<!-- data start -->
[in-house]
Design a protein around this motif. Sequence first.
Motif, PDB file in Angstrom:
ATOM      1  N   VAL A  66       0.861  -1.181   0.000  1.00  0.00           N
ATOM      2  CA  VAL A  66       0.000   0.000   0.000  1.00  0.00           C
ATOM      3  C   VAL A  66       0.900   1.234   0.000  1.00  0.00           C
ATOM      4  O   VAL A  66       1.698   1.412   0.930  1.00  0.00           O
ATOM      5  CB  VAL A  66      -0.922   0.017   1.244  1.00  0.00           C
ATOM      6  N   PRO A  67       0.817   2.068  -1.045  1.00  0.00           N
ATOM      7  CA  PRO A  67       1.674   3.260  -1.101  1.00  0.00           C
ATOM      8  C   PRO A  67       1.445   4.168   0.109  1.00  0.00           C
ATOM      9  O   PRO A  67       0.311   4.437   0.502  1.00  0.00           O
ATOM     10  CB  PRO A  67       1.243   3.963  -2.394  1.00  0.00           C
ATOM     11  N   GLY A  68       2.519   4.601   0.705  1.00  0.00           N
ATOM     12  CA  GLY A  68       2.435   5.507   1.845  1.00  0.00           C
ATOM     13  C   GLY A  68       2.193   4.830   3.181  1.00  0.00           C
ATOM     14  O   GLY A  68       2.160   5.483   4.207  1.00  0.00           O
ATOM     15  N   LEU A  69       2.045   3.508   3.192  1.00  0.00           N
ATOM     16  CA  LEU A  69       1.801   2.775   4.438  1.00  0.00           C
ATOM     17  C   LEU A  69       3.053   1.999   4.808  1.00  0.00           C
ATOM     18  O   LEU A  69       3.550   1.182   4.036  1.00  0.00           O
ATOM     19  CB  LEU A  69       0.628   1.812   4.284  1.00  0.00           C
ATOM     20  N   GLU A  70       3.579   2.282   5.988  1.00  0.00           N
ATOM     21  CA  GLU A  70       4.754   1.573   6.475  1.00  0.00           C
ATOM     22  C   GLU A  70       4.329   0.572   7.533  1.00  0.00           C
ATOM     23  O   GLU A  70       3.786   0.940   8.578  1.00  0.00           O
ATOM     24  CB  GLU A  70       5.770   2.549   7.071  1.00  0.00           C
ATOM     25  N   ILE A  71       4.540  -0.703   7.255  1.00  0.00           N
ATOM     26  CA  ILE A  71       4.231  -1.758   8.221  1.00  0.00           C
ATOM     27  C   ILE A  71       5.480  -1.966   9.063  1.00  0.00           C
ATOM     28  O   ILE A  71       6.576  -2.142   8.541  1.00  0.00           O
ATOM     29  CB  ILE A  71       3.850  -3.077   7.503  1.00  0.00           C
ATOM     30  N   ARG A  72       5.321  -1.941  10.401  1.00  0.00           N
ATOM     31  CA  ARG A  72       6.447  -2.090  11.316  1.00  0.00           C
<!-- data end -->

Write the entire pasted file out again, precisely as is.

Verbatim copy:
[in-house]
Design a protein around this motif. Sequence first.
Motif, PDB file in Angstrom:
ATOM      1  N   VAL A  66       0.861  -1.181   0.000  1.00  0.00           N
ATOM      2  CA  VAL A  66       0.000   0.000   0.000  1.00  0.00           C
ATOM      3  C   VAL A  66       0.900   1.234   0.000  1.00  0.00           C
ATOM      4  O   VAL A  66       1.698   1.412   0.930  1.00  0.00           O
ATOM      5  CB  VAL A  66      -0.922   0.017   1.244  1.00  0.00           C
ATOM      6  N   PRO A  67       0.817   2.068  -1.045  1.00  0.00           N
ATOM      7  CA  PRO A  67       1.674   3.260  -1.101  1.00  0.00           C
ATOM      8  C   PRO A  67       1.445   4.168   0.109  1.00  0.00           C
ATOM      9  O   PRO A  67       0.311   4.437   0.502  1.00  0.00           O
ATOM     10  CB  PRO A  67       1.243   3.963  -2.394  1.00  0.00           C
ATOM     11  N   GLY A  68       2.519   4.601   0.705  1.00  0.00           N
ATOM     12  CA  GLY A  68       2.435   5.507   1.845  1.00  0.00           C
ATOM     13  C   GLY A  68       2.193   4.830   3.181  1.00  0.00           C
ATOM     14  O   GLY A  68       2.160   5.483   4.207  1.00  0.00           O
ATOM     15  N   LEU A  69       2.045   3.508   3.192  1.00  0.00           N
ATOM     16  CA  LEU A  69       1.801   2.775   4.438  1.00  0.00           C
ATOM     17  C   LEU A  69       3.053   1.999   4.808  1.00  0.00           C
ATOM     18  O   LEU A  69       3.550   1.182   4.036  1.00  0.00           O
ATOM     19  CB  LEU A  69       0.628   1.812   4.284  1.00  0.00           C
ATOM     20  N   GLU A  70       3.579   2.282   5.988  1.00  0.00           N
ATOM     21  CA  GLU A  70       4.754   1.573   6.475  1.00  0.00           C
ATOM     22  C   GLU A  70       4.329   0.572   7.533  1.00  0.00           C
ATOM     23  O   GLU A  70       3.786   0.940   8.578  1.00  0.00           O
ATOM     24  CB  GLU A  70       5.770   2.549   7.071  1.00  0.00           C
ATOM     25  N   ILE A  71       4.540  -0.703   7.255  1.00  0.00           N
ATOM     26  CA  ILE A  71       4.231  -1.758   8.221  1.00  0.00           C
ATOM     27  C   ILE A  71       5.480  -1.966   9.063  1.00  0.00           C
ATOM     28  O   ILE A  71       6.576  -2.142   8.541  1.00  0.00           O
ATOM     29  CB  ILE A  71       3.850  -3.077   7.503  1.00  0.00           C
ATOM     30  N   ARG A  72       5.321  -1.941  10.401  1.00  0.00           N
ATOM     31  CA  ARG A  72       6.447  -2.090  11.316  1.00  0.00           C